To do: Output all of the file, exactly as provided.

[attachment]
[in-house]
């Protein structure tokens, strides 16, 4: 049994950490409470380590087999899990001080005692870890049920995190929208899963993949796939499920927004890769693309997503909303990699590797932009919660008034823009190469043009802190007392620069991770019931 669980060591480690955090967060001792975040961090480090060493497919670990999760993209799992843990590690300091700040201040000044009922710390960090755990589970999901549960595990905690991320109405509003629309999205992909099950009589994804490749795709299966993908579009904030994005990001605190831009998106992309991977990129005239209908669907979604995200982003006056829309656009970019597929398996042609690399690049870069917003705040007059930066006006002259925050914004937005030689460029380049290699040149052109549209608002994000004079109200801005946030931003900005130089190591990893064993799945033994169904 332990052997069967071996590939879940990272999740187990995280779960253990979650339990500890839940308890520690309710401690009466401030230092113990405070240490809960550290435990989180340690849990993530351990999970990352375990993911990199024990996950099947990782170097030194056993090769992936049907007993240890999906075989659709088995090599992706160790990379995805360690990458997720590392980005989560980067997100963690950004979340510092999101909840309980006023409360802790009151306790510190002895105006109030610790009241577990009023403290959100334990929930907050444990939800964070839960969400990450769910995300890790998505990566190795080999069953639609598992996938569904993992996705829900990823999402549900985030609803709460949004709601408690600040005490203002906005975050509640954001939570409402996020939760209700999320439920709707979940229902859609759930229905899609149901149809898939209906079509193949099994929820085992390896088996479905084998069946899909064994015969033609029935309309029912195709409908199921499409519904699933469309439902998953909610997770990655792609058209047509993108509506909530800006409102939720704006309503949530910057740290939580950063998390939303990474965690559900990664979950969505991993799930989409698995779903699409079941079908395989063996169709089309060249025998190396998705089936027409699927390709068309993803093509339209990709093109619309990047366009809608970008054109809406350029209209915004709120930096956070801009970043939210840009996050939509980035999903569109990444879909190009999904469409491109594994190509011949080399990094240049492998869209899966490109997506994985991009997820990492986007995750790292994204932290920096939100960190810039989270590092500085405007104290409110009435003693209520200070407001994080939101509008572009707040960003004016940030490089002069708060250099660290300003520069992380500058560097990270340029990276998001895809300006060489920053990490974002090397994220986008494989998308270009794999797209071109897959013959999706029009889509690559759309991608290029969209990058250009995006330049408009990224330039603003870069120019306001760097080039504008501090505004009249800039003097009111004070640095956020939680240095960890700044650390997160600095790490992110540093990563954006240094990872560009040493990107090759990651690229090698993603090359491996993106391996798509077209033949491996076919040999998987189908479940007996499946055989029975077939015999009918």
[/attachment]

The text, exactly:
[in-house]
């Protein structure tokens, strides 16, 4: 049994950490409470380590087999899990001080005692870890049920995190929208899963993949796939499920927004890769693309997503909303990699590797932009919660008034823009190469043009802190007392620069991770019931 669980060591480690955090967060001792975040961090480090060493497919670990999760993209799992843990590690300091700040201040000044009922710390960090755990589970999901549960595990905690991320109405509003629309999205992909099950009589994804490749795709299966993908579009904030994005990001605190831009998106992309991977990129005239209908669907979604995200982003006056829309656009970019597929398996042609690399690049870069917003705040007059930066006006002259925050914004937005030689460029380049290699040149052109549209608002994000004079109200801005946030931003900005130089190591990893064993799945033994169904 332990052997069967071996590939879940990272999740187990995280779960253990979650339990500890839940308890520690309710401690009466401030230092113990405070240490809960550290435990989180340690849990993530351990999970990352375990993911990199024990996950099947990782170097030194056993090769992936049907007993240890999906075989659709088995090599992706160790990379995805360690990458997720590392980005989560980067997100963690950004979340510092999101909840309980006023409360802790009151306790510190002895105006109030610790009241577990009023403290959100334990929930907050444990939800964070839960969400990450769910995300890790998505990566190795080999069953639609598992996938569904993992996705829900990823999402549900985030609803709460949004709601408690600040005490203002906005975050509640954001939570409402996020939760209700999320439920709707979940229902859609759930229905899609149901149809898939209906079509193949099994929820085992390896088996479905084998069946899909064994015969033609029935309309029912195709409908199921499409519904699933469309439902998953909610997770990655792609058209047509993108509506909530800006409102939720704006309503949530910057740290939580950063998390939303990474965690559900990664979950969505991993799930989409698995779903699409079941079908395989063996169709089309060249025998190396998705089936027409699927390709068309993803093509339209990709093109619309990047366009809608970008054109809406350029209209915004709120930096956070801009970043939210840009996050939509980035999903569109990444879909190009999904469409491109594994190509011949080399990094240049492998869209899966490109997506994985991009997820990492986007995750790292994204932290920096939100960190810039989270590092500085405007104290409110009435003693209520200070407001994080939101509008572009707040960003004016940030490089002069708060250099660290300003520069992380500058560097990270340029990276998001895809300006060489920053990490974002090397994220986008494989998308270009794999797209071109897959013959999706029009889509690559759309991608290029969209990058250009995006330049408009990224330039603003870069120019306001760097080039504008501090505004009249800039003097009111004070640095956020939680240095960890700044650390997160600095790490992110540093990563954006240094990872560009040493990107090759990651690229090698993603090359491996993106391996798509077209033949491996076919040999998987189908479940007996499946055989029975077939015999009918």